Chancellor of the Exchequer Jeremy Hunt is predicting the UK will avoid recession in 2023, with inflation set to fall from 10.7% in 2022 to 2.9% by the end of 2023.
In his first budget today the chancellor unveiled a new ‘full expensing’ tax scheme, abolished the pensions lifetime allowance, and new ‘returnship’ apprenticeships for over-50s.
Hunt confirmed the rise in corporation tax rise from 19% to 25%. He confirmed just 10% of all companies will pay the full 25%, and only firms earning more than £250,000 will pay the full 5% tax on their profits from April. Hunt said that the 25% rate was still lower than France, Germany, Italy, and Japan.
There was, however, a surprise business tax announcement. For the next three years the government is introducing a ‘full expensing’ scheme. That means every £1 invested can immediately be deduct from taxable profits. Hunt explained: “Every single pound a company invests in IT equipment, plant or machinery can be deduced in full and immediately from taxable profits – a cut worth £9bn.” This replaces the “super deduction” previously in place.
Hunt also unveiled cuts for small and medium companies investing more than 40% of their total expenditure in research and development – that will be worth £27 for every £100 spent.
The annual investment allowance for smaller businesses has been increased to £1m. That will mean 99% of all businesses can deduct the full value of all their investment from that year’s taxable profits.
When it comes to pensions the chancellor increased the pensions annual tax-free allowance from £40,000 to £60,000. He also abolished totally the pensions lifetime allowance that was previously set at £1m (£1,073,000).
The government is planning to provide 30 hours of free weekly childcare for children below the age of three where both parents are working. The government will also pay childcare costs upfront for parents on Universal Credit who want to increase their work hours – the maximum they can claim is £951 for one child and £1,630 for two children per month.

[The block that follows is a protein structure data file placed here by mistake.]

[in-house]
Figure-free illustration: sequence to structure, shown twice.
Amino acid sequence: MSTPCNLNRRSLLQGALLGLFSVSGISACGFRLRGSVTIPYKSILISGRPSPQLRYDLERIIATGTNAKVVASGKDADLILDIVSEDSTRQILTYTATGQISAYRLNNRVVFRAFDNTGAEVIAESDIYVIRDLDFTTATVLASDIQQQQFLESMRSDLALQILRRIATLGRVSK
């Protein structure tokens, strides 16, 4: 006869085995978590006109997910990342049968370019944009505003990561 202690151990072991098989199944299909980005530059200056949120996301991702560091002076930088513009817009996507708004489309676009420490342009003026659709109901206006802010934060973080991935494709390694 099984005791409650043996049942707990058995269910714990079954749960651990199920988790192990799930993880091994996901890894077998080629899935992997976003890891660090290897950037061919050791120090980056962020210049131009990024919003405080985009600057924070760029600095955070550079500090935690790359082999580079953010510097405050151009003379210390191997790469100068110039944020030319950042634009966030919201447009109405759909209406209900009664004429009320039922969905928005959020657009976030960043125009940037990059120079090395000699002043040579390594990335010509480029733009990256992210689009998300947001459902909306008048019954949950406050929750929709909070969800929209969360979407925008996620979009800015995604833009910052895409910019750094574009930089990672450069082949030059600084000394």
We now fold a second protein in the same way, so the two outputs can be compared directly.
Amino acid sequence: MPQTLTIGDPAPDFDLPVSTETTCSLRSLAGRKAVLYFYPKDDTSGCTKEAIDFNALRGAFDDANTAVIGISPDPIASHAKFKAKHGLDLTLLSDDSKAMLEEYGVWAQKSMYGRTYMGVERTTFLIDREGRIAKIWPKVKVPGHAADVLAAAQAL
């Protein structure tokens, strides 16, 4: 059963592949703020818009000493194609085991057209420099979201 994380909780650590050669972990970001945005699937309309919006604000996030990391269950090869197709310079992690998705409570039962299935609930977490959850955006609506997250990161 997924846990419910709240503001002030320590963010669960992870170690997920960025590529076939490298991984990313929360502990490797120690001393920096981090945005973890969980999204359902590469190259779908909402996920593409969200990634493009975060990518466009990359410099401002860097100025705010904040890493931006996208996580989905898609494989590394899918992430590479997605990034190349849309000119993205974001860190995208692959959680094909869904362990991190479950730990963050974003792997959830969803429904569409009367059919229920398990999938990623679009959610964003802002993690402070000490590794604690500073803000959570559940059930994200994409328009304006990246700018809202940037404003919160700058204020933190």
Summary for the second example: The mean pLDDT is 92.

The chancellor unveiled a series of measures to lure over-50s back into work too. A new apprenticeship scheme will target at this group, called “returnships”.
The government was elected on a levelling up agenda, and as part of this the Chancellor announced 12 new investment zones (IZs). That is 12 potential Canary Wharfs, said Hunt. These are West Midlands, Greater Manchester, the North-East, South Yorkshire, West Yorkshire, East Midlands, Teesside, and Liverpool. There will also be at least one in each of Scotland, Wales, and Northern Ireland. If chosen areas will have access to £80m of support.
Other measures included:
The Energy Price Guarantee will remain at £2,500 for next three months.
Duty on a pint has been ‘frozen’. From 1 August duty on draught products in pubs will be 11p lower than supermarkets. Hunt added: “British ale may be warm, but the duty on a pint is frozen.” It is all part of the new Brexit pubs guarantee.
Fuel duty will be frozen and the 5p cut maintained for another 12 months.
Creation of a £63m fund to keep public leisure centres and pools afloat.
Nuclear power to be classed as “environmentally sustainable” in green taxonomy.
The 45% and 50% tax reliefs have been extended for theatres, orchestras, and museums.